Bourbon vs Scotch: The Differences & Delights

Whiskey is one of the world's most consumed spirits for good reason: it's low-calorie, packed with antioxidants, and (when consumed in responsible, moderate amounts) may even promote brain health!


But what's the difference between scotch and bourbon – the two most common whiskey varieties? Well, pour yourself something neat and settle in for story time. Herewith the answer:

Bearing a name derived from the Irish-language phrase for “water of life” (raise your hand if you resonate – we sure do!), whiskey's dominating strains, scotch and bourbon, are same-same but WAY different.

They're both made out of fermented grain mashes – usually corn, barley, rye, and wheat. They're also both typically aged in charred oak barrels until they reach their desired production age (1). 


What makes a bourbon

Bourbon is made primarily from corn mash. Plus, it's only produced in the United States and, according to U.S. regulations, must be made from a grain mash that is at least 51% corn and aged in new, charred oak containers (1).

Bourbon whiskey has no minimum period to be aged, but any variety aged younger than four years must have the age stated on the label. And, if it wants to the honour of being called a straight bourbon, it has to be aged for at least two years (1). As for alcohol count, bourbon comes in at minimum of 40% alcohol.



What makes a scotch

Scotch's magic resides in its malted barley and the land upon which it is made: To bear the name scotch, such whiskey must be made in Scotland. There are two main types — single malt and single grain (2).

Single malt Scotch whiskey is made with only water and malted barley at only one distillery. On the other hand, single grain Scotch whiskey is also produced at a single distillery but usually also contains other whole grains from malted or unmalted cereals (2).

Unlike bourbon, which has no minimum ageing period, Scotch must be aged for at least three years in oak containers. When the golden liquid is ready, it's distilled and bottled at a minimum of 40% alcohol (2).



The difference in a nutshell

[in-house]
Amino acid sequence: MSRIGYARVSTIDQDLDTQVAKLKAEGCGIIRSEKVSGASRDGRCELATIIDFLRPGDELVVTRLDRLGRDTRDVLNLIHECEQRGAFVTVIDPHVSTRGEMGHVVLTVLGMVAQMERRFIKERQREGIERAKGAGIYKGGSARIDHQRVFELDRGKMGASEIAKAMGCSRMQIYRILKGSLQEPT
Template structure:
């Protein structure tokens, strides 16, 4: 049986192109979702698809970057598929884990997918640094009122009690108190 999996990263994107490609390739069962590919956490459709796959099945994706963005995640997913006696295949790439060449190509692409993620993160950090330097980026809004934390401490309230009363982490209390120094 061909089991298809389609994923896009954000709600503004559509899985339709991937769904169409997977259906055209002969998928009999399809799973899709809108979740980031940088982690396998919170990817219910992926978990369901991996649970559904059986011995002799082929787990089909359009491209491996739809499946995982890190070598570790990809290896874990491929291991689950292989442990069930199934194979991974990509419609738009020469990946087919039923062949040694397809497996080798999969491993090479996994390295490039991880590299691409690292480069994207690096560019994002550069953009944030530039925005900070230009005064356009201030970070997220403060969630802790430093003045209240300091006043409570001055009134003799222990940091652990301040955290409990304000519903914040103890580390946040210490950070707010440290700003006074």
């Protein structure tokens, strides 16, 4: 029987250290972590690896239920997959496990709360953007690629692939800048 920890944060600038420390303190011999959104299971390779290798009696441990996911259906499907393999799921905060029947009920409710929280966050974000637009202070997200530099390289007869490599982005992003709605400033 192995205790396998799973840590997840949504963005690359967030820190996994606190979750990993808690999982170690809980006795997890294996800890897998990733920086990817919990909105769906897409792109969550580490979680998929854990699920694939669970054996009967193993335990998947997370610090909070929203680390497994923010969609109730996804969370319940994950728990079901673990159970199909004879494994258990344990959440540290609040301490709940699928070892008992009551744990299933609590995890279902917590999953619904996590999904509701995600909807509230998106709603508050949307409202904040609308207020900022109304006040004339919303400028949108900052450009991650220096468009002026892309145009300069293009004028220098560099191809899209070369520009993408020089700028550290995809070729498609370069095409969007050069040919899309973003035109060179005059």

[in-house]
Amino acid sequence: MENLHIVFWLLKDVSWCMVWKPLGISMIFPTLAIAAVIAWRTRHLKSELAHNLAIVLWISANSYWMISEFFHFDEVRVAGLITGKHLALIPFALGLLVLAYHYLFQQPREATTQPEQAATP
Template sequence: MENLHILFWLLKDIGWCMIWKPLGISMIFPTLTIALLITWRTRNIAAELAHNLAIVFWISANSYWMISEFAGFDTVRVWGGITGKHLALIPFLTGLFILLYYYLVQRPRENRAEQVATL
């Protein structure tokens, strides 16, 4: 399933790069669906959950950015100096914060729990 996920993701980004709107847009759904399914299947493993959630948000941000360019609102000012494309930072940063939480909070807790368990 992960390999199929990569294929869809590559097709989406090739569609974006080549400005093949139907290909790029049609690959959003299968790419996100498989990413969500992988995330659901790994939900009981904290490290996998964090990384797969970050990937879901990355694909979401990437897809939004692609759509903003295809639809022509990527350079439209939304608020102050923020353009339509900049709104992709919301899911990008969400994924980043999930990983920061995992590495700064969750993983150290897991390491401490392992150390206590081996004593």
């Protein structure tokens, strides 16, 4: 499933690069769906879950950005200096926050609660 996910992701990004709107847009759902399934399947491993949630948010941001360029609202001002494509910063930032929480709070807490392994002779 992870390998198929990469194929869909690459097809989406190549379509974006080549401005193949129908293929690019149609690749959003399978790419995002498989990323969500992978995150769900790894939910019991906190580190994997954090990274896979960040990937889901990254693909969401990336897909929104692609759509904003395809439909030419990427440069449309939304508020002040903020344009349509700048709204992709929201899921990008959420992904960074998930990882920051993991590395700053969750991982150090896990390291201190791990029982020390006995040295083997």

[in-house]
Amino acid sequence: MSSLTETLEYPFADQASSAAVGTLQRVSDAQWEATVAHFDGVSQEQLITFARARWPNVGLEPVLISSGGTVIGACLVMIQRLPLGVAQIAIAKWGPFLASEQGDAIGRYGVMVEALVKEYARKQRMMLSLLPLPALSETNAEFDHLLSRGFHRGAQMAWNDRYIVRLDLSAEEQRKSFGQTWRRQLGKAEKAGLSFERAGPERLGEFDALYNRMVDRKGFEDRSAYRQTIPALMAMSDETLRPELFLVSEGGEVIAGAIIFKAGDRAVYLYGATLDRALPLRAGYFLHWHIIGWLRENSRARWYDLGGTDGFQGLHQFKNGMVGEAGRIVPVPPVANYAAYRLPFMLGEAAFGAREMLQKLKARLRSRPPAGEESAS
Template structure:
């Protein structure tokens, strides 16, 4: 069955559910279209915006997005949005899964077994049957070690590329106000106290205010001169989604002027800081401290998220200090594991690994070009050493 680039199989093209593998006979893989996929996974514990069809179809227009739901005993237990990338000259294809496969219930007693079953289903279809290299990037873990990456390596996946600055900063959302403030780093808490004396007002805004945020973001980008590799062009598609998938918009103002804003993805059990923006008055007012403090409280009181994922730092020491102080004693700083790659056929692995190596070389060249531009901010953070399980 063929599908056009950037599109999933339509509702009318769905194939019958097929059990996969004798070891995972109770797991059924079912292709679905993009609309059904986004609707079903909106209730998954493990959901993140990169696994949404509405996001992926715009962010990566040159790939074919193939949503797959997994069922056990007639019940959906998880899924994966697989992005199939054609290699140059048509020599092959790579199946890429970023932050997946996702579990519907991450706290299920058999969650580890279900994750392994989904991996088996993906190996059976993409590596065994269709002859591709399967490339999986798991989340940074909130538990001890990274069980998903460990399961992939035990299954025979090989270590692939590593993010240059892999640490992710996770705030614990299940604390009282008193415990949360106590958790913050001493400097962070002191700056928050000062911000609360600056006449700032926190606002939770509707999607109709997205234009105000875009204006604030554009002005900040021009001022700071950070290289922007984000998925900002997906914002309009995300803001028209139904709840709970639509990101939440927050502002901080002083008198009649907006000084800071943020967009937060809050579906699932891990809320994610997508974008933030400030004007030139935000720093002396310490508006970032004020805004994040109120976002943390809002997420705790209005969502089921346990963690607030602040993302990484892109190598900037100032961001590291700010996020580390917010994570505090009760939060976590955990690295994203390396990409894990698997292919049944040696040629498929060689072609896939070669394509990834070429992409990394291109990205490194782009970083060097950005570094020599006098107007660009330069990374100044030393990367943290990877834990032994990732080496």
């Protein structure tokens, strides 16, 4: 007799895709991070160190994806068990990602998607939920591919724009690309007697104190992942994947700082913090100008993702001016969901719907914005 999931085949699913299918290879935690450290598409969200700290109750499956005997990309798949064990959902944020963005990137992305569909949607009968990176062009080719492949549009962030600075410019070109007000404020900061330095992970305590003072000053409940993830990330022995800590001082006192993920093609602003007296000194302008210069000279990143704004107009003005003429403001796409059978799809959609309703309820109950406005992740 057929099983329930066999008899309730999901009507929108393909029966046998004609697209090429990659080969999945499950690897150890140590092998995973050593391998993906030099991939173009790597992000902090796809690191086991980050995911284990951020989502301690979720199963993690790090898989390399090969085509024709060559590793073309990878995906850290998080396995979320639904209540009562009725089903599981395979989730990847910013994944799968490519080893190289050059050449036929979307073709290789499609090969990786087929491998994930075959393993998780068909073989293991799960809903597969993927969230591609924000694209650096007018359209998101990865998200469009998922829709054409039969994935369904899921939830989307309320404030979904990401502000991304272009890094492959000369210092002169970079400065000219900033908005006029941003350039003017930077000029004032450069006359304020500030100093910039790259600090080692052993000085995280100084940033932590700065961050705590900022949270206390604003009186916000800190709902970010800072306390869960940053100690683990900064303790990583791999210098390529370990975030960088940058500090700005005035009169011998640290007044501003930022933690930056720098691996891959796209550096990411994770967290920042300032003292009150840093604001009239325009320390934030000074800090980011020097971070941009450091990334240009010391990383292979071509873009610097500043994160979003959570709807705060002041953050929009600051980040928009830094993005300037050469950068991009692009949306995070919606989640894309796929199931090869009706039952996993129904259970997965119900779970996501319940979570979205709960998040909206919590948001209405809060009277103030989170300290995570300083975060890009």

These different grains they're made of give bourbon and Scotch slightly different taste profiles. Bourbons – like Teeling Single Malt – tends to be sweeter, while Scotches – like Dewar's 15 Blended Scotch tend to have a more intense smokiness.


The benefits of both

Heck, we're all mature enough to know what happens when you abuse the booze (please, drink responsibly!) so we are hesitant for you to take this as gospel, but it really is true that some research suggests potential health benefits of moderate whiskey intake:

  • Antioxidants: Yep, whiskey is packed with antioxidants like ellagic acid – bad-ass molecules that help neutralise harmful free radicals. Findings say that moderate whiskey intake may raise blood antioxidant levels (5, 6).
  • Reduced uric acid levels: For those at risk of gout attacks, you'll be relieved to know that moderate whiskey consumption might just lower your risks of having an episode. (7, 8).
  • Heart health: Moderate alcohol intake has shown to be correlated with reduced risk of heart disease. (Obviously, drinking too much has the opposite effect – moderation, people!) (9, 10, 11).
  • Booze brain: According to some research, moderate alcohol intake may protect against brain disorders, such as dementia – now that's a reason to pour a glass if we ever heard one! (12, 13, 14).


If you're looking for a local whisky that won't dissapoint, be sure to check out Bain's.



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